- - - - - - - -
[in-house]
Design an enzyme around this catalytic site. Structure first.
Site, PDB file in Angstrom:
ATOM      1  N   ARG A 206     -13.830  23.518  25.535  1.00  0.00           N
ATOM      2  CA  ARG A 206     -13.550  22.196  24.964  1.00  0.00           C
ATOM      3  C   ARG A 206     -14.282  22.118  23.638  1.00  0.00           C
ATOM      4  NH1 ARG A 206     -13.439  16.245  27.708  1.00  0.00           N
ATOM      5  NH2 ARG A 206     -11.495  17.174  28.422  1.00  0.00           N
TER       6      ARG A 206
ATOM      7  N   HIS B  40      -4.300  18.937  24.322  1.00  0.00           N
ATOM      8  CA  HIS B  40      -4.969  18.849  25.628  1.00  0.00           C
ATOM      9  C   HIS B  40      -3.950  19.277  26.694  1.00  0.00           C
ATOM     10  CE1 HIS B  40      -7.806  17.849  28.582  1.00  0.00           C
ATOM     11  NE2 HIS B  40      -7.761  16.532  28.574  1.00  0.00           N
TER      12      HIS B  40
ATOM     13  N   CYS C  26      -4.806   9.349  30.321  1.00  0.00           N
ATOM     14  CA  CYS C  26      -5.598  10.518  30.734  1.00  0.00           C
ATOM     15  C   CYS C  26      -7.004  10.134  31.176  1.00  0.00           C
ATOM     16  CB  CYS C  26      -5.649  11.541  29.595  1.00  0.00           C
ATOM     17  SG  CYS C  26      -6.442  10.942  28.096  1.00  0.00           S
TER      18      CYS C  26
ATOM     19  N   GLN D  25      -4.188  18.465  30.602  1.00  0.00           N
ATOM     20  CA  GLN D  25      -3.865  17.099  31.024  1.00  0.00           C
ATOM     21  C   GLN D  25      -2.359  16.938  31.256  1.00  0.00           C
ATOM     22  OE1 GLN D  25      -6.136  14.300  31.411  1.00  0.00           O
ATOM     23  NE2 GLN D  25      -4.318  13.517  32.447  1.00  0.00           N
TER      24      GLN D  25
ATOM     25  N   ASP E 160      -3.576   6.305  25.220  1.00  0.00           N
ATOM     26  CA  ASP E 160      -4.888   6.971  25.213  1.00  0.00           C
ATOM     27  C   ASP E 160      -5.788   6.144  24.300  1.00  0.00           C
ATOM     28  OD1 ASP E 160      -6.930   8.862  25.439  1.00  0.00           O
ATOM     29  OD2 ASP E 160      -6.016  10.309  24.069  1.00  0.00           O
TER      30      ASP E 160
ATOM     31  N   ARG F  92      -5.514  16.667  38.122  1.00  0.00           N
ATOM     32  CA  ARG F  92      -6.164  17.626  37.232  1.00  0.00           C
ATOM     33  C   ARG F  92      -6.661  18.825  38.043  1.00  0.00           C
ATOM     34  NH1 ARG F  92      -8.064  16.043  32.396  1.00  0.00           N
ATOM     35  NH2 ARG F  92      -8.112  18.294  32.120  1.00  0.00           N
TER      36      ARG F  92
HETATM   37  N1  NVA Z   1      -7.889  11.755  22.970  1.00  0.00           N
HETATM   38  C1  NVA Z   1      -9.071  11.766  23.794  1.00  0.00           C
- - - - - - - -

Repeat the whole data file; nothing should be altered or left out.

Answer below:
[in-house]
Design an enzyme around this catalytic site. Structure first.
Site, PDB file in Angstrom:
ATOM      1  N   ARG A 206     -13.830  23.518  25.535  1.00  0.00           N
ATOM      2  CA  ARG A 206     -13.550  22.196  24.964  1.00  0.00           C
ATOM      3  C   ARG A 206     -14.282  22.118  23.638  1.00  0.00           C
ATOM      4  NH1 ARG A 206     -13.439  16.245  27.708  1.00  0.00           N
ATOM      5  NH2 ARG A 206     -11.495  17.174  28.422  1.00  0.00           N
TER       6      ARG A 206
ATOM      7  N   HIS B  40      -4.300  18.937  24.322  1.00  0.00           N
ATOM      8  CA  HIS B  40      -4.969  18.849  25.628  1.00  0.00           C
ATOM      9  C   HIS B  40      -3.950  19.277  26.694  1.00  0.00           C
ATOM     10  CE1 HIS B  40      -7.806  17.849  28.582  1.00  0.00           C
ATOM     11  NE2 HIS B  40      -7.761  16.532  28.574  1.00  0.00           N
TER      12      HIS B  40
ATOM     13  N   CYS C  26      -4.806   9.349  30.321  1.00  0.00           N
ATOM     14  CA  CYS C  26      -5.598  10.518  30.734  1.00  0.00           C
ATOM     15  C   CYS C  26      -7.004  10.134  31.176  1.00  0.00           C
ATOM     16  CB  CYS C  26      -5.649  11.541  29.595  1.00  0.00           C
ATOM     17  SG  CYS C  26      -6.442  10.942  28.096  1.00  0.00           S
TER      18      CYS C  26
ATOM     19  N   GLN D  25      -4.188  18.465  30.602  1.00  0.00           N
ATOM     20  CA  GLN D  25      -3.865  17.099  31.024  1.00  0.00           C
ATOM     21  C   GLN D  25      -2.359  16.938  31.256  1.00  0.00           C
ATOM     22  OE1 GLN D  25      -6.136  14.300  31.411  1.00  0.00           O
ATOM     23  NE2 GLN D  25      -4.318  13.517  32.447  1.00  0.00           N
TER      24      GLN D  25
ATOM     25  N   ASP E 160      -3.576   6.305  25.220  1.00  0.00           N
ATOM     26  CA  ASP E 160      -4.888   6.971  25.213  1.00  0.00           C
ATOM     27  C   ASP E 160      -5.788   6.144  24.300  1.00  0.00           C
ATOM     28  OD1 ASP E 160      -6.930   8.862  25.439  1.00  0.00           O
ATOM     29  OD2 ASP E 160      -6.016  10.309  24.069  1.00  0.00           O
TER      30      ASP E 160
ATOM     31  N   ARG F  92      -5.514  16.667  38.122  1.00  0.00           N
ATOM     32  CA  ARG F  92      -6.164  17.626  37.232  1.00  0.00           C
ATOM     33  C   ARG F  92      -6.661  18.825  38.043  1.00  0.00           C
ATOM     34  NH1 ARG F  92      -8.064  16.043  32.396  1.00  0.00           N
ATOM     35  NH2 ARG F  92      -8.112  18.294  32.120  1.00  0.00           N
TER      36      ARG F  92
HETATM   37  N1  NVA Z   1      -7.889  11.755  22.970  1.00  0.00           N
HETATM   38  C1  NVA Z   1      -9.071  11.766  23.794  1.00  0.00           C